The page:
In part, this presents an issue because it will take me a bit of time to learn the new keyboard. After five years of typing on glass with the 9.7“ iPad I have a lot of habits based upon that device’s keyboard. For example, I use a lot of dashes in my writing, and I have a habit of hitting the little ”.?123“ button in the lower left-hand corner in order to access that item. But two things are different on the new keyboard. First, there is now a dash on the main keyboard, right where you would expect it on a typical physical keyboard. Second, the Pro reverses the location of the ”.?123“ button and the emoticon button; this means that I keep accidentally accessing the emoticon keyboard when I intend to access the ”.?123" keyboard.

One of non-updated apps in question is Day One, the journaling app I use to do the overwhelming majority of my writing. This means that, when I set the app up in landscape format, I get a comically-large version of the keyboard from the 9.7" iPad, which is spaced all wrong, making typing a challenge.

To better incorporate the new iPad Pro I considered actually pairing it with a Bluetooth keyboard, something I haven’t actually done since the first-generation iPad[1]. And then I remembered something: the size of the iPad Pro is frequently described in articles as being, in landscape, about the size of two 9.7“ iPad screens side by side. This also would mean, that in portrait the iPad Pro is about as wide as a 9.7” iPad in landscape.

Which means that the portrait version of the old keyboard on the iPad Pro is almost exactly the same size as the landscape version on the iPad Air. So I turned Day One to portrait orientation and started typing. This entire entry has been typed on the iPad Pro in portrait orientation. It’s worked quite nicely.

This won’t last, of course. Eventually Day One and the other apps I use will update to put the new keyboard in, and I will be writing on them in Landscape, and learning the new keyboard. But it’s nice to have found a work-around in the meantime.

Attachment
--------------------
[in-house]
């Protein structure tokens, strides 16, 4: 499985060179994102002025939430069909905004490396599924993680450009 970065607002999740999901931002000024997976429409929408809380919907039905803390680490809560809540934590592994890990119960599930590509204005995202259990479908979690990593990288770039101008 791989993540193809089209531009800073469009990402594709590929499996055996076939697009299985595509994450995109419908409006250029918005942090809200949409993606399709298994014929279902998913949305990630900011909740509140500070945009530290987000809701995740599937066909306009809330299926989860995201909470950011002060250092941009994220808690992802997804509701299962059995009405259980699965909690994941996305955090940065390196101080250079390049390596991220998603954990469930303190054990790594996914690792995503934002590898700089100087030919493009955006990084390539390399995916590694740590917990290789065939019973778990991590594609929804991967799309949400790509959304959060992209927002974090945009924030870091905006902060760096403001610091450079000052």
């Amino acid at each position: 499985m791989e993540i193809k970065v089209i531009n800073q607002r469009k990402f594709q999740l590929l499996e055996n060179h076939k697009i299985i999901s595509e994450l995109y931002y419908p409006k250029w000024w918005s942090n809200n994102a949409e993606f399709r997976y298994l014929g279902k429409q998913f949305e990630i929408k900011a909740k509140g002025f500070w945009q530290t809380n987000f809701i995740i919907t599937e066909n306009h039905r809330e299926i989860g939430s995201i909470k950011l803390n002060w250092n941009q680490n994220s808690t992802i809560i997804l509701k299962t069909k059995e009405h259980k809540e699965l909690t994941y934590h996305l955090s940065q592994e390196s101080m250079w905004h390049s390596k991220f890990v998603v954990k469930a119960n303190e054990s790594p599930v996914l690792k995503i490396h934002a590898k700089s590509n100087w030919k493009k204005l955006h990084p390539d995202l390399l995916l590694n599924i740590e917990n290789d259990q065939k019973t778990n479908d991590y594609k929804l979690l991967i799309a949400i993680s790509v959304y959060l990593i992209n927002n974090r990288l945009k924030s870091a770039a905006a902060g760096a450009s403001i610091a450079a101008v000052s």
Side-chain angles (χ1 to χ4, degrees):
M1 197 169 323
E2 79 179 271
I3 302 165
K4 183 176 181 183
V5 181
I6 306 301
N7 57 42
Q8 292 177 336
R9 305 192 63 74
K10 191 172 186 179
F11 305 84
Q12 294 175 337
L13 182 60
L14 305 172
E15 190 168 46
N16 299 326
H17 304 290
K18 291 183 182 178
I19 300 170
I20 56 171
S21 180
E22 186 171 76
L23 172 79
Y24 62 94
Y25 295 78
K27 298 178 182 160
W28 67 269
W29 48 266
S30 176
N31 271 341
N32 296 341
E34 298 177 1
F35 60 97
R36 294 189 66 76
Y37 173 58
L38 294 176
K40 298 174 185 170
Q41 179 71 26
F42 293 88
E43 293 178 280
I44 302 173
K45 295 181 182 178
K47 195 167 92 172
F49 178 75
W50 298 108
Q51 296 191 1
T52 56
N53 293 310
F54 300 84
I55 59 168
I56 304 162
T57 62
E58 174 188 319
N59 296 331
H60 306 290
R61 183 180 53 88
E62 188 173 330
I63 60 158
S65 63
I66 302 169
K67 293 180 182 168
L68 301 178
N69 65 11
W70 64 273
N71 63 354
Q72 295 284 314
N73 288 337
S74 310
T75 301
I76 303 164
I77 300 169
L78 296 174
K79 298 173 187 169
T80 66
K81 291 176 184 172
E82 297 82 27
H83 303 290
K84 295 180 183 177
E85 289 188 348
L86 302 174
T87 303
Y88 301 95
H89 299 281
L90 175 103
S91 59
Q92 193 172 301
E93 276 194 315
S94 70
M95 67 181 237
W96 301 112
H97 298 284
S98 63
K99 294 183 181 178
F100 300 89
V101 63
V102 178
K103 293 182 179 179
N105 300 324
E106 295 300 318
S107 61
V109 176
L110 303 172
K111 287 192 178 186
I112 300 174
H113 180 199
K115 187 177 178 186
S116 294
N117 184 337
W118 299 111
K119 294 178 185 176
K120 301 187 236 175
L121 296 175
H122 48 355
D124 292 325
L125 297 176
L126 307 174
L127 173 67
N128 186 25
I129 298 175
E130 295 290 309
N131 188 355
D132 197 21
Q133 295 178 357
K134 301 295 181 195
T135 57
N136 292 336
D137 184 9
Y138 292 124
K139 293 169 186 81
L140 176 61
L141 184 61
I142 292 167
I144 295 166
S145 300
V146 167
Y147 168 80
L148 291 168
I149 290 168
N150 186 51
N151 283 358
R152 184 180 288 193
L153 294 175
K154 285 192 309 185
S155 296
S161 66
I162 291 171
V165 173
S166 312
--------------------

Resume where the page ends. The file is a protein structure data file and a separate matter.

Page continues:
1. When the iPad first came out this was exactly how I pictured using it - with a keyboard paired, writing in that format all over the place. But, as often happens when a new system presents itself - in this case, the virtual keyboard - I became curious about using the new thing instead. It turns out that it’s quite possible to type very quickly and effectively on a virtual keyboard.  ↩

iPads at Work by Erin Wade

It's like clockwork, like some anti-celebration: Every year about this time folks come out with a series of articles about how one cannot do actual work on an iPad (or, as a variation: the iPad cannot replace a laptop). This is perplexing to me, given that I've been regularly doing my work on an iPad - which replaced my use of laptops - since the device was first released back in 2010. I wrote about it back then, and it continues to be the case.

This spate of articles came my way via Daring Fireball this past week. John Gruber linked to this article by Joanna Stern in which she makes an attempt to use several different tablets in place of her laptop. And one wants to give her a bit of credit, in that she actually tried each of them out. Allowing for that, her article still presents with some fundamental flaws. The first is the Turkey Bacon Problem (TBP) - the mistake one makes of trying to use something to replace something that it is not. A tablet is not a laptop. Yet in this article she is clearly trying to use each of the tablets in exactly the same fashion. In many ways this is like a carpenter purchasing a pneumatic nailer to replace his hammer, but using the device by trying to drive traditional nails and complaining that it doesn't work as well.

Additionally, she clearly doesn't have a full understanding of the capabilities of her iPad. In her section on multitasking she notes:

...using the iPad, which displays one app at a time and requires you to press the home button twice to switch apps...(Emphasis added)

Actually no - the iPad doesn't require you to press the home button twice to switch between apps. You can also turn on multitasking gestures in the settings to allow a four finger swipe to move back and forth between recent apps, and a four fingered swipe up to get to the app menu. Admittedly, this is somewhat of a power-user approach, but so is the use of alt-tab - the command combination for which she is pining - to switch between apps.

Which brings up my final point with respect to her approach. Ms. Stern indicates that, to write this article she borrowed the tablets in question (though the article suggests she does own an iPad Air). This would suggest that her evaluation of each item came from a relatively short time with each device. This shows in her evaluations of the keyboards, in which each and every one comes up wanting: